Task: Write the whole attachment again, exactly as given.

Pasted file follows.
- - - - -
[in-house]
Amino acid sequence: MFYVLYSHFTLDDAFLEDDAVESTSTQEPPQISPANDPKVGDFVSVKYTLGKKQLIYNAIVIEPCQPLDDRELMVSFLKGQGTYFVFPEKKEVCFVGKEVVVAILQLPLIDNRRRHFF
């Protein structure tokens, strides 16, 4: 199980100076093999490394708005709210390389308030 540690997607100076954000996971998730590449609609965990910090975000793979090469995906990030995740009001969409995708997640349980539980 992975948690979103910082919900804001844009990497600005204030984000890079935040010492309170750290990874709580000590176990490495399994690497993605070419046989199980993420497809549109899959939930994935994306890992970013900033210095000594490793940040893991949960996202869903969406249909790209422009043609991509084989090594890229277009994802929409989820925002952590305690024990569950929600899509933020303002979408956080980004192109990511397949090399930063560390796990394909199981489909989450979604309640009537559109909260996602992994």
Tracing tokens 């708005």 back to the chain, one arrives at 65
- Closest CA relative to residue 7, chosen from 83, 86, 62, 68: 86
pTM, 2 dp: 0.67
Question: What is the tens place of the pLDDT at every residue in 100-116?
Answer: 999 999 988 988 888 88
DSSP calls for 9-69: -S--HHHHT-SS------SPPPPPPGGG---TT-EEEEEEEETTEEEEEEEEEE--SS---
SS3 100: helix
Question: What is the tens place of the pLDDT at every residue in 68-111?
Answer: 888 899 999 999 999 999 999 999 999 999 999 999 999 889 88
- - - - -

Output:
[in-house]
Amino acid sequence: MFYVLYSHFTLDDAFLEDDAVESTSTQEPPQISPANDPKVGDFVSVKYTLGKKQLIYNAIVIEPCQPLDDRELMVSFLKGQGTYFVFPEKKEVCFVGKEVVVAILQLPLIDNRRRHFF
């Protein structure tokens, strides 16, 4: 199980100076093999490394708005709210390389308030 540690997607100076954000996971998730590449609609965990910090975000793979090469995906990030995740009001969409995708997640349980539980 992975948690979103910082919900804001844009990497600005204030984000890079935040010492309170750290990874709580000590176990490495399994690497993605070419046989199980993420497809549109899959939930994935994306890992970013900033210095000594490793940040893991949960996202869903969406249909790209422009043609991509084989090594890229277009994802929409989820925002952590305690024990569950929600899509933020303002979408956080980004192109990511397949090399930063560390796990394909199981489909989450979604309640009537559109909260996602992994």
Tracing tokens 């708005």 back to the chain, one arrives at 65
- Closest CA relative to residue 7, chosen from 83, 86, 62, 68: 86
pTM, 2 dp: 0.67
Question: What is the tens place of the pLDDT at every residue in 100-116?
Answer: 999 999 988 988 888 88
DSSP calls for 9-69: -S--HHHHT-SS------SPPPPPPGGG---TT-EEEEEEEETTEEEEEEEEEE--SS---
SS3 100: helix
Question: What is the tens place of the pLDDT at every residue in 68-111?
Answer: 888 899 999 999 999 999 999 999 999 999 999 999 999 889 88